Reproductive success in livestock is essential for the economic livelihood of producers and ultimately affects the consumer cost of meat and other animal products. In many livestock production systems, poor fertility is a major factor that limits productivity.
NIFA provides funding for basic and applied research in animal reproduction, and supports extension and education programs that transfer new science-based knowledge to the field and classroom.
The ability of animals to reproduce efficiently is an integral component of animal agriculture. However, infertility is a problem to some degree in all animal production systems, including aquaculture species. Reproductive failure is one of the most significant factors that limit the productivity of animal production systems and result in millions of dollars in lost profits annually. A major challenge facing many producers is finding practical, cost-effective ways to improve reproductive performance without compromising the production of safe, high quality meat and milk products.
Inefficient reproduction in livestock may be caused by numerous factors including: abnormal or absent reproductive cycles; failure to show estrus (heat); embryonic and fetal loss and mortality during the neonatal period; failure to reach puberty at an optimum age or an inability of young females to conceive early in the breeding season; environmental stressors such as temperature extremes or changes in photoperiod (day and night cycle), or; production of sperm with a low potential for fertilization.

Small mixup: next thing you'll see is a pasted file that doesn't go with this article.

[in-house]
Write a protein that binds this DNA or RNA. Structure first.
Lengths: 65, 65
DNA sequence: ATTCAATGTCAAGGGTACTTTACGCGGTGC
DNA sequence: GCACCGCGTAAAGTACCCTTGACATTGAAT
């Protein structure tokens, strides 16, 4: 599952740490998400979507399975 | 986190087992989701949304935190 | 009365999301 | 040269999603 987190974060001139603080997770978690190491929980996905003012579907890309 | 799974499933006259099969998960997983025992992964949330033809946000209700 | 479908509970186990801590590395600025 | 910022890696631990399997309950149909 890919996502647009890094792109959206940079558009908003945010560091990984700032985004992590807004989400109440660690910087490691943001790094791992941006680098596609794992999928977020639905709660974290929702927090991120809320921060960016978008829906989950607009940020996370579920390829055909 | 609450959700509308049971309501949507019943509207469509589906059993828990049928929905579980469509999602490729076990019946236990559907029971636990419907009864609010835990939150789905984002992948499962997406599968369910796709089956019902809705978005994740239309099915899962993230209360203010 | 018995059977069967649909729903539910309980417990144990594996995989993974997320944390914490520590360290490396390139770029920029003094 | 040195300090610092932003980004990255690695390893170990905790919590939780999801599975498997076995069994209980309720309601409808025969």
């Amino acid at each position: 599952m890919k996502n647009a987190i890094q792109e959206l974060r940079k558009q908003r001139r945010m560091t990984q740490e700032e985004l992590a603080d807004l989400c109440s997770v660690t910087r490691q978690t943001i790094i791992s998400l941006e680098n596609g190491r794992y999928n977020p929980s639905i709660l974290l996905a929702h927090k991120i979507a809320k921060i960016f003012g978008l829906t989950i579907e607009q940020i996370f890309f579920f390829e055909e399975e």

In some production systems, breeding programs designed to select for milk or meat traits have had deleterious effects on reproductive performance. In dairy cattle, intense genetic selection for increased milk production has been accompanied by significant reductions in fertility. Similarly, in broiler breeders (chickens bred specifically for meat production) reproductive ability decreases as body weight (meat production) increases. To address these problems, NIFA provides national leadership and funding opportunities to conduct basic and applied research on reproduction in agriculturally important animals.
Basic research increases our knowledge of the fundamental biology of reproduction, which in turn facilitates the development of state-of-the-art management strategies that optimize reproductive efficiency and minimize economic loss. Through partnerships with land-grant universities, NIFA also supports extension and outreach programs. These programs transfer research-based knowledge and reproductive management practices to livestock, poultry and aquaculture producers and professionals across the country. NIFA is also committed to educating the next generation of animal scientists and producers by providing educational funding opportunities for curriculum development, fellowships and training in reproductive biology.